Rare mosquito-borne virus in Michigan; 10 counties urged to cancel outside events after evening

DETROIT – A Michigan adult suspected of having the rare and dangerous mosquito-borne virus Eastern Equine Encephalitis, health officials announced Tuesday.

Suspicious mosquito-borne virus urges cancellation of external event



The Michigan Department of Health and Human Services now urges people in 10 Michigan counties – Barry, Claire, Ionia, Isabella, Jackson, Kent, Maxta, Montcalm, Nuego and Oakland – to cancel or postpone outdoor events that evening On or after. Preventing more people from infecting the virus, which is spread by the bite of infected mosquitoes. The adult suspected of having the virus is from Barry County.

Also known as Triple E, the virus is one of the deadliest mosquito-borne diseases in the United States, with a 33% fatality rate among people who become ill. This leaves many survivors with physical and mental disabilities. It kills 90% of the sick horses from the virus. So far this year, 22 horses in 10 counties have been urged to rule out outside incidents, with cases of the virus confirmed.

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“MDHHS continues to encourage local authorities in affected counties to reschedule, cancel or cancel outdoor activities that occur after dusk, or to include children in particular, reducing the chances of people being bitten by mosquitoes Is, “Dr. Jong Khaldun, said. Chief Medical Executive and Chief Deputy for Health at MDHHS, in a statement.

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If the suspected human case is confirmed through lab testing later this week, it will be the first in Michigan with EEE this year.

Last year, EEE infected 38 people in the US – more than in any previous year since it has been tracked by the US Center for Disease Control and Prevention. In a typical year, there are seven cases at the national level.

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Children under 15 years of age, adults over 50 years of age are most at risk

In Michigan alone in 2019, six people died, and four others were hospitalized. Three of the survivors of EEE infection in the state “have serious neurologic issues and continue to receive supportive care,” said Lynn Sutfin, a spokesman for the Michigan Department of Health and Human Services. , In a previous interview with the Free Press.

Signs of EEE infection include fever, chills, sudden onset of body and joint pain that can progress to a severe encephalitis, resulting in headaches, disorientation, tremors, seizures, and paralysis.

Children under 15 years of age and those above 50 years of age are at greatest risk for developing serious illness from the EEE virus. There is no vaccine, no treatment and no cure for EEE. Doctors can only offer adjuvant therapy to help patients breathe, receive fluids and nutrition, and prevent other infections.

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Anyone who thinks they are experiencing these symptoms should seek medical care. In some cases permanent brain damage, coma and death may also occur.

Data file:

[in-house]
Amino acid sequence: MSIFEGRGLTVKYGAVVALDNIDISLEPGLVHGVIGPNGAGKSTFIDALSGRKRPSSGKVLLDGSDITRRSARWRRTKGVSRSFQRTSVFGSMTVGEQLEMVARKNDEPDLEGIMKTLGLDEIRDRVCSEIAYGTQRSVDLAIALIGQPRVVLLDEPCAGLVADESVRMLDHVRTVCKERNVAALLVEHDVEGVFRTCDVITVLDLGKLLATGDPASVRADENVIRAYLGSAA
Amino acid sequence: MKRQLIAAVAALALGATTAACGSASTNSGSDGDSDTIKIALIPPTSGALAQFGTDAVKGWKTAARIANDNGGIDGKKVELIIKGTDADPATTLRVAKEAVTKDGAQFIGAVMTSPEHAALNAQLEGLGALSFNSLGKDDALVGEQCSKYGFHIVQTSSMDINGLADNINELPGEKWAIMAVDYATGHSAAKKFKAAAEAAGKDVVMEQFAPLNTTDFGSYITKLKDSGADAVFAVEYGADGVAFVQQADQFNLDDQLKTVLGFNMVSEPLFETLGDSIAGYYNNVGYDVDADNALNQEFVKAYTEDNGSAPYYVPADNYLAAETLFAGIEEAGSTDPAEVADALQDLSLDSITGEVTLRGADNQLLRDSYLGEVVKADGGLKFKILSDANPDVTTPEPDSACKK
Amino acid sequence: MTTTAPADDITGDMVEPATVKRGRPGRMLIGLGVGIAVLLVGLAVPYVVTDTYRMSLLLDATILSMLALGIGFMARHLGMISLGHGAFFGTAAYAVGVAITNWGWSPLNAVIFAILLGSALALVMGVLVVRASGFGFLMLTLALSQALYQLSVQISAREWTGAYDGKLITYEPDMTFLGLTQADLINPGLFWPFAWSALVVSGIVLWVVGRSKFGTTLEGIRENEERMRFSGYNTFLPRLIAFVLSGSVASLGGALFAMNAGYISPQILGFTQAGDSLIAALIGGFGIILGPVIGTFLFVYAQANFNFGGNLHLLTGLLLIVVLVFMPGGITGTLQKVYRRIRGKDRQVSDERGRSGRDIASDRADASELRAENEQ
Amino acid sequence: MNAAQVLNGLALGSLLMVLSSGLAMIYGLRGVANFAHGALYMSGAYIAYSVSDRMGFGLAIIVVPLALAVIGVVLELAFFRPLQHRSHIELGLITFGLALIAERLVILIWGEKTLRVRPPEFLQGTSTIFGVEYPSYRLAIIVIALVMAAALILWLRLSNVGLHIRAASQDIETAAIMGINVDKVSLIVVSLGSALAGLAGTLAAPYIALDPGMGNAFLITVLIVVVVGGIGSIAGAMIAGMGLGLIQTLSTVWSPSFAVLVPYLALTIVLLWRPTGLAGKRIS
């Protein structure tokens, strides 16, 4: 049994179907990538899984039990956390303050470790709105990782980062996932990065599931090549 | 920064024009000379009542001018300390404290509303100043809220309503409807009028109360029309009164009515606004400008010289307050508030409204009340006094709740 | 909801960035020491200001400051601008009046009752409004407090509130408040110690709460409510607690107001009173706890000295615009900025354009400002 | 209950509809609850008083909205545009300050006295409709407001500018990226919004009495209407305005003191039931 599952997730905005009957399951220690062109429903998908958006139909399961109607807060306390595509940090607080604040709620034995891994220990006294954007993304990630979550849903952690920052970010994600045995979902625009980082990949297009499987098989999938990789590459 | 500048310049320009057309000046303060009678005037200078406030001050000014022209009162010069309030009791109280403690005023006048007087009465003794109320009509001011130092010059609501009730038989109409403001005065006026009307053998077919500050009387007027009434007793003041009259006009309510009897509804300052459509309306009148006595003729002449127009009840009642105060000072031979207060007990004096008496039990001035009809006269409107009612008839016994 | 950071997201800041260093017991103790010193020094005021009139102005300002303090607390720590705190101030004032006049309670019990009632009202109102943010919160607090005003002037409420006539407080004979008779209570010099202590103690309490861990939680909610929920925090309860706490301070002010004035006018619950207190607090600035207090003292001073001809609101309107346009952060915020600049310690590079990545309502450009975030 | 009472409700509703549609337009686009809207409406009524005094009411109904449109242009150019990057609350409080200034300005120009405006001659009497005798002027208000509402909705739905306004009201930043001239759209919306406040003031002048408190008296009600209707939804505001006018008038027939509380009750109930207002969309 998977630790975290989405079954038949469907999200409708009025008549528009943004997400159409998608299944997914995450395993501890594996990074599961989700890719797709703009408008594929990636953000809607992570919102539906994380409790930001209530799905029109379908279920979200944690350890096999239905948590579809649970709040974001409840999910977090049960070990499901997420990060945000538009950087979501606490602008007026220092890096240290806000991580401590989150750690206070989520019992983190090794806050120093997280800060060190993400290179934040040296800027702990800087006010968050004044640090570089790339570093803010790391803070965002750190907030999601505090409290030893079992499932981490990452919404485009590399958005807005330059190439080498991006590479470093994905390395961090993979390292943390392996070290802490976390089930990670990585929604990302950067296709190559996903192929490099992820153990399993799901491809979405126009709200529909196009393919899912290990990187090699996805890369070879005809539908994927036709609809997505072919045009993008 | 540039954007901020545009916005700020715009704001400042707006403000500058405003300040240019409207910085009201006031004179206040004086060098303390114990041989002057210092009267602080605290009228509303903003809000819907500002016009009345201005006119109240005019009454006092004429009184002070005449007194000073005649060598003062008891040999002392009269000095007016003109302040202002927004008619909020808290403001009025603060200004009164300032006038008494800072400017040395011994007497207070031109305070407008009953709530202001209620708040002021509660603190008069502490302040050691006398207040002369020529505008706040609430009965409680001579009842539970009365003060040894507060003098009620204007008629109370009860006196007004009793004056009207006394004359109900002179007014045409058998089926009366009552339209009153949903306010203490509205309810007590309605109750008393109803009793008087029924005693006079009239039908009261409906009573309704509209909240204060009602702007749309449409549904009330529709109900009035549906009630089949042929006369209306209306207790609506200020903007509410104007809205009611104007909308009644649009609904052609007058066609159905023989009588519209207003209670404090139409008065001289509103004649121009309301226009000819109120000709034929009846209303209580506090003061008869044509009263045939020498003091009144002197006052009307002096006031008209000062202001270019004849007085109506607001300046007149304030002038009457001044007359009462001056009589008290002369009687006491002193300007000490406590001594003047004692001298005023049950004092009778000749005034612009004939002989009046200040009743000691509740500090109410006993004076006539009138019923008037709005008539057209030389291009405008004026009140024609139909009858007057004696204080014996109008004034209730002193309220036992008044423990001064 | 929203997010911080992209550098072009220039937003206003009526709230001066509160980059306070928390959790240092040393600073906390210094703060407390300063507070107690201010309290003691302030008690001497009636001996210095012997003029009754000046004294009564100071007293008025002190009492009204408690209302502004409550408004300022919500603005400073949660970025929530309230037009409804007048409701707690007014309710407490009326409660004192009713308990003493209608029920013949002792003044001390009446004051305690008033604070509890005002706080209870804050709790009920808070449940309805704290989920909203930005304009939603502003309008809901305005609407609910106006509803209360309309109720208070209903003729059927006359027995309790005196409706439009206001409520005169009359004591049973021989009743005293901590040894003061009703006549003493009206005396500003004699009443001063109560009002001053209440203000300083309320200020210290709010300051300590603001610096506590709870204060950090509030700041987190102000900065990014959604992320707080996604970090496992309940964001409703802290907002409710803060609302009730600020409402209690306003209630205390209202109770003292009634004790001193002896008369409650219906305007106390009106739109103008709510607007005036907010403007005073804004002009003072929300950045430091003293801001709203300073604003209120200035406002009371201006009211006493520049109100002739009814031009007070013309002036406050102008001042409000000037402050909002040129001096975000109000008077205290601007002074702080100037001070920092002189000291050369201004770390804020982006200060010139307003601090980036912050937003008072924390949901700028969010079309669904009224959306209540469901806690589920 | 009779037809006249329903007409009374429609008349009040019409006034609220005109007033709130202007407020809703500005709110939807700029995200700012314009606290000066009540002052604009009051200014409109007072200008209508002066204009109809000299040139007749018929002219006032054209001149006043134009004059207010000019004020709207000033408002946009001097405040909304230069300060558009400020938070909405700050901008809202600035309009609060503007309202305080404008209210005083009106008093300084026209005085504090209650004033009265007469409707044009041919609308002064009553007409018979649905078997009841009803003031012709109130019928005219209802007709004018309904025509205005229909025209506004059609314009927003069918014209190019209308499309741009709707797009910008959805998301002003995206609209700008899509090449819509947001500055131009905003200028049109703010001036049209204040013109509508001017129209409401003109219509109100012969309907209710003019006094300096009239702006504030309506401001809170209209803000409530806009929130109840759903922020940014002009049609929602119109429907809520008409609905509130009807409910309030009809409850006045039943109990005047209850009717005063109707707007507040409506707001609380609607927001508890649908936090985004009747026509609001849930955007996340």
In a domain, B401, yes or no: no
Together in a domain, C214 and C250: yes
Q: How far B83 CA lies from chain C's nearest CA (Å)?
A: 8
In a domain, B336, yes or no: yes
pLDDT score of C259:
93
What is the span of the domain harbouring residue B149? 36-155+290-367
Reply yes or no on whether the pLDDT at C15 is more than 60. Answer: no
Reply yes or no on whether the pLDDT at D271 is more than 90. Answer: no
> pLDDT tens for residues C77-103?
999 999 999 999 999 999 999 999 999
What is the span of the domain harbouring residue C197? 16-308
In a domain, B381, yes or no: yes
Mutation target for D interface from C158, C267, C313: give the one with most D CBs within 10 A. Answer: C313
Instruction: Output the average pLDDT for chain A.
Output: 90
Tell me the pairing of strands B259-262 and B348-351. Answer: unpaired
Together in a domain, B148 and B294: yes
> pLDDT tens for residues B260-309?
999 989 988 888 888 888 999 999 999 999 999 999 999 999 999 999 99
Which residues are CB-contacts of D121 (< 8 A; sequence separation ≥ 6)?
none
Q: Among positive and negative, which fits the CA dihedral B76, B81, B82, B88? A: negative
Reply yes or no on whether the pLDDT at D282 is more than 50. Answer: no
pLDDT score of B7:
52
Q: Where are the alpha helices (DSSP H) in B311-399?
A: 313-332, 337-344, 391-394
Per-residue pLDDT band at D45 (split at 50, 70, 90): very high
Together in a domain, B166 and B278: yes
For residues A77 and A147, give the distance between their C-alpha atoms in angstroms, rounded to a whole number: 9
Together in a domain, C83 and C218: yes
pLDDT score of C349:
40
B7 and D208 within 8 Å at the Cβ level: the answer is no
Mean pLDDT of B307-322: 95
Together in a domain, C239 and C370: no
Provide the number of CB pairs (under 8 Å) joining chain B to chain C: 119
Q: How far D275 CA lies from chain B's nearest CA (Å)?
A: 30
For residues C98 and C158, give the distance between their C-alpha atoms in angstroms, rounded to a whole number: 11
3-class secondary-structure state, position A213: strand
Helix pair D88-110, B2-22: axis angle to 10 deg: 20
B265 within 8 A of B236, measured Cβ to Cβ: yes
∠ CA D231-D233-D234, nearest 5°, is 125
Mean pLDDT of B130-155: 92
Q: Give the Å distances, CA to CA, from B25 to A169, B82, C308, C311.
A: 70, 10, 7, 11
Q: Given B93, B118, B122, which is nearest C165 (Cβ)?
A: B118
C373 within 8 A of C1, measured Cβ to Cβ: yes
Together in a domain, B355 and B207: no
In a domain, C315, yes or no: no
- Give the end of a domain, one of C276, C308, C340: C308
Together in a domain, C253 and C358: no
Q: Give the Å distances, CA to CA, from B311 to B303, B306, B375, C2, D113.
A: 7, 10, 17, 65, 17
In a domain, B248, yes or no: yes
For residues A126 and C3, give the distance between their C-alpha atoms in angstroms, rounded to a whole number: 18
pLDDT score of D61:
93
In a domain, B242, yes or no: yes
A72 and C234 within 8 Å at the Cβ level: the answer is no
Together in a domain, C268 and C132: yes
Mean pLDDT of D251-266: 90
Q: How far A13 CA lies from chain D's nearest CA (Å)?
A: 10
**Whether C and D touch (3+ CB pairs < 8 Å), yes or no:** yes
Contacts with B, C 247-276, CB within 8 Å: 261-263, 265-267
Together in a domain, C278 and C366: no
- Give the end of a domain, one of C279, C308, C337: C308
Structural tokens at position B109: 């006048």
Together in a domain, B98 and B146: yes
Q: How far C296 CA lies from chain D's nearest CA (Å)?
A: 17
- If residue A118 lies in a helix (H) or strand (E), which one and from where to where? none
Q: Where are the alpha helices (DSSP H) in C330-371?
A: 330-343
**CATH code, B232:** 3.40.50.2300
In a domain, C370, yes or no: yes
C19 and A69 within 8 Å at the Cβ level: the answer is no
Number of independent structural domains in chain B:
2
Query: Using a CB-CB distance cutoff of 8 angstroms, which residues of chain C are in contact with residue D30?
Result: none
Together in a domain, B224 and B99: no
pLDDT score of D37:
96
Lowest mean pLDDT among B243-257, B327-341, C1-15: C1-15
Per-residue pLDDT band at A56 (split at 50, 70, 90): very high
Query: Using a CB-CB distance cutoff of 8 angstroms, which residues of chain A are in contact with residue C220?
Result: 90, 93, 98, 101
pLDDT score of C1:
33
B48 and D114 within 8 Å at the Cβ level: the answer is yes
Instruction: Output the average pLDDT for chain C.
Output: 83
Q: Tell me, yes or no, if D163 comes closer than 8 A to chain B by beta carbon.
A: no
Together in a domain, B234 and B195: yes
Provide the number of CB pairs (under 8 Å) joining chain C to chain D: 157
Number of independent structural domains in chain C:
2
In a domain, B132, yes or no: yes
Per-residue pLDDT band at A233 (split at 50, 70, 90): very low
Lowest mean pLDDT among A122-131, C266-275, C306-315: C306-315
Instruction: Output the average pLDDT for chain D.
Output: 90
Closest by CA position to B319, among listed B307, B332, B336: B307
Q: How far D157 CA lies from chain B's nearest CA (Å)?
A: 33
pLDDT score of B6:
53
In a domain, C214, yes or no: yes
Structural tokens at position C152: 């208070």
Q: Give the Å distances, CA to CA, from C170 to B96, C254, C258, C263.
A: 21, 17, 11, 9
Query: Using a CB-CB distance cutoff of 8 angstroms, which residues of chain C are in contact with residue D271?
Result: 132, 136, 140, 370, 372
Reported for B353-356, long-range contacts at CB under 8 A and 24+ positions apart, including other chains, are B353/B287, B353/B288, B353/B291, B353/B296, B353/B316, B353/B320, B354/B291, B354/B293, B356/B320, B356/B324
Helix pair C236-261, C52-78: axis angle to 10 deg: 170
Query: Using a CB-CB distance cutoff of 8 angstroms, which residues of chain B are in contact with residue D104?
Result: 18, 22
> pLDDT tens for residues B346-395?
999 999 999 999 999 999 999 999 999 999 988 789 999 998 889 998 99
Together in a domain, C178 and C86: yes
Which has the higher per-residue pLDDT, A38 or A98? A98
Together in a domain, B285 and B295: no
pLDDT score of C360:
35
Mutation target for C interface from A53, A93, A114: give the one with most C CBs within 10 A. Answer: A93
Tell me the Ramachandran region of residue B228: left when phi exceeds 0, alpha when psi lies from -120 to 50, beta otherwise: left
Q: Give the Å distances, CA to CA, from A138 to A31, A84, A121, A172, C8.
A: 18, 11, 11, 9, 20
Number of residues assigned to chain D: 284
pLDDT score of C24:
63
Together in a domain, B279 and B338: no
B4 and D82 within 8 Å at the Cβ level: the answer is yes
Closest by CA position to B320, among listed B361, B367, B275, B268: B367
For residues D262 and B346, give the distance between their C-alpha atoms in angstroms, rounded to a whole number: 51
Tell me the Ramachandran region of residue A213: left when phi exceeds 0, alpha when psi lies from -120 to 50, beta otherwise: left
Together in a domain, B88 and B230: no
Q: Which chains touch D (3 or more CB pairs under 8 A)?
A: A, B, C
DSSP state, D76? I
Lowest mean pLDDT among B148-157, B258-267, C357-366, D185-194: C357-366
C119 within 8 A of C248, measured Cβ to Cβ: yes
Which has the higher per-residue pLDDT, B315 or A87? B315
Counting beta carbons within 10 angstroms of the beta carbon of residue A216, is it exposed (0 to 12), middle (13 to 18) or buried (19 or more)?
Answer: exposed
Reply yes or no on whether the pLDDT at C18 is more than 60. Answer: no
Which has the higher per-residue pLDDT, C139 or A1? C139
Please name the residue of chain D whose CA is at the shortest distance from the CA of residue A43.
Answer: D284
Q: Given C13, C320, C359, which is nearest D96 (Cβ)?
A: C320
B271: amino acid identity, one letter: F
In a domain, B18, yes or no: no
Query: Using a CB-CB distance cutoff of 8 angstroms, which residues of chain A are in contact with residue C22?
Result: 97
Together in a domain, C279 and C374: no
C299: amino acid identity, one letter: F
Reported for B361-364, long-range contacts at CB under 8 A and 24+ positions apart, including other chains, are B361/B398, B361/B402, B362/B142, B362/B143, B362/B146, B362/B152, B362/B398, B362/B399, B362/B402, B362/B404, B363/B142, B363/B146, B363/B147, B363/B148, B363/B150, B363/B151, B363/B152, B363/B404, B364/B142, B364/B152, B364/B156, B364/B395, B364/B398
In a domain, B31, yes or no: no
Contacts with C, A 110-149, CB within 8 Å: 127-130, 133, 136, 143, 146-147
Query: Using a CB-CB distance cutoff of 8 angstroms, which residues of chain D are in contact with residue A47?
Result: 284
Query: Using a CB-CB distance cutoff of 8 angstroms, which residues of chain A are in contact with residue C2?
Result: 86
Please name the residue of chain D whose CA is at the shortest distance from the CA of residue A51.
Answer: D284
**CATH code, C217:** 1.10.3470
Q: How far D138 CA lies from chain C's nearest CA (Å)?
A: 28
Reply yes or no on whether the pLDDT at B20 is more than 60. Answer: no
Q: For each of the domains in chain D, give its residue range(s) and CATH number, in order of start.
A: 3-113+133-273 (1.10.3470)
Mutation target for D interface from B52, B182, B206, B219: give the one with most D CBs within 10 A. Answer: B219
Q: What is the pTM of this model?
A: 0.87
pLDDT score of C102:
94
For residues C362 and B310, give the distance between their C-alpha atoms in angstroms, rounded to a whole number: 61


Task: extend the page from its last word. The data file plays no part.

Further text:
MDHHS announced earlier this week that it would begin spraying pesticides in 10 counties, where EEE cases in horses have been identified to control mosquitoes and reduce the risk of infection.

“A suspected case of EEE in a Michigan resident suggests that it is a continuing threat to the health and safety of mixiganders and calls for continued action to prevent the risk, including aerial treatment,” Khaldun said.

Spraying is scheduled to begin in 10 affected counties on Wednesday, and state health officials say more areas of the state can be treated if additional human or animal cases are identified.

Clarke from St. Charles, Illinois will be airlifted, using special aircraft, beginning in the evening and continuing until the following morning. The treatment will be conducted using Merus 3.0, the same product that will be used in 2019 on 557,000 acres in Michigan. Merus 3.0 is registered with the US Environmental Protection Agency and the Michigan Department of Agriculture and Rural Development, and is labeled for public health use in residential areas.

To avoid EEE, health officials suggest following these steps:

  • Use insect growers for pests or other US Environmental Protection Agency-approved skin or clothing, following the manufacturer’s instructions for use.
  • Wear long-sleeved shirt and long pants when going out. Apply insect repellent to clothes to help prevent bites.
  • Maintain window and door screening to help keep mosquitoes out.
  • Empty water from mosquito breeding sites around the house, such as buckets, unused kiddie pools, old tires or similar places where mosquitoes can lay eggs.
  • Use net and / or fans in outdoor dining areas.

Follow reporter Kristen Jordan Shamus on Twitter: @KristenShamus

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This article originally appeared on the Detroit Free Press: Suspected Mosquito-borne Virus in Michigan; 10 counties urged to cancel outside events after evening

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